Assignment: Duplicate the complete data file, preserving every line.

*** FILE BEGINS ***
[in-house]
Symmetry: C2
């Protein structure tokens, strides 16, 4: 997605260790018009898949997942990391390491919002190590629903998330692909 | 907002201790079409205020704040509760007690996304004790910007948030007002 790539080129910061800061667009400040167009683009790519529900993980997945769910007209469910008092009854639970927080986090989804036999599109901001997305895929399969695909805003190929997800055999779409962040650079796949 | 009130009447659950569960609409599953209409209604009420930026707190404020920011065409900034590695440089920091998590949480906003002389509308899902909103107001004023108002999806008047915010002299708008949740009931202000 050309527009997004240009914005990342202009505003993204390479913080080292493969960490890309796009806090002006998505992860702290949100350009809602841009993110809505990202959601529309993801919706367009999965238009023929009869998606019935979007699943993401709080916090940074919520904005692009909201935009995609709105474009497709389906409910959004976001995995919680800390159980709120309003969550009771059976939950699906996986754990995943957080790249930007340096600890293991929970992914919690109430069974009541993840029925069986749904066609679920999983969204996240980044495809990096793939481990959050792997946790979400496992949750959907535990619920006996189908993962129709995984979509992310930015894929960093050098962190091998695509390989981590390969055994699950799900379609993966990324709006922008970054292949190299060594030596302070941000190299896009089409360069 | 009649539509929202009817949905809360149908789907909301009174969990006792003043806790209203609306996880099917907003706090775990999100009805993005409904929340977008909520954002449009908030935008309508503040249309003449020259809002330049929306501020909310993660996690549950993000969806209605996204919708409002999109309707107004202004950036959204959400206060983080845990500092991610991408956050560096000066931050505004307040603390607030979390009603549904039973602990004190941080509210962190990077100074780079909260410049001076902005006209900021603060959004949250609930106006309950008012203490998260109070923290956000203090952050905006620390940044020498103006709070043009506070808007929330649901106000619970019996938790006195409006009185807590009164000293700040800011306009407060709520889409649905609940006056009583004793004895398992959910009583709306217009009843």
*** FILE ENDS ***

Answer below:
[in-house]
Symmetry: C2
């Protein structure tokens, strides 16, 4: 997605260790018009898949997942990391390491919002190590629903998330692909 | 907002201790079409205020704040509760007690996304004790910007948030007002 790539080129910061800061667009400040167009683009790519529900993980997945769910007209469910008092009854639970927080986090989804036999599109901001997305895929399969695909805003190929997800055999779409962040650079796949 | 009130009447659950569960609409599953209409209604009420930026707190404020920011065409900034590695440089920091998590949480906003002389509308899902909103107001004023108002999806008047915010002299708008949740009931202000 050309527009997004240009914005990342202009505003993204390479913080080292493969960490890309796009806090002006998505992860702290949100350009809602841009993110809505990202959601529309993801919706367009999965238009023929009869998606019935979007699943993401709080916090940074919520904005692009909201935009995609709105474009497709389906409910959004976001995995919680800390159980709120309003969550009771059976939950699906996986754990995943957080790249930007340096600890293991929970992914919690109430069974009541993840029925069986749904066609679920999983969204996240980044495809990096793939481990959050792997946790979400496992949750959907535990619920006996189908993962129709995984979509992310930015894929960093050098962190091998695509390989981590390969055994699950799900379609993966990324709006922008970054292949190299060594030596302070941000190299896009089409360069 | 009649539509929202009817949905809360149908789907909301009174969990006792003043806790209203609306996880099917907003706090775990999100009805993005409904929340977008909520954002449009908030935008309508503040249309003449020259809002330049929306501020909310993660996690549950993000969806209605996204919708409002999109309707107004202004950036959204959400206060983080845990500092991610991408956050560096000066931050505004307040603390607030979390009603549904039973602990004190941080509210962190990077100074780079909260410049001076902005006209900021603060959004949250609930106006309950008012203490998260109070923290956000203090952050905006620390940044020498103006709070043009506070808007929330649901106000619970019996938790006195409006009185807590009164000293700040800011306009407060709520889409649905609940006056009583004793004895398992959910009583709306217009009843």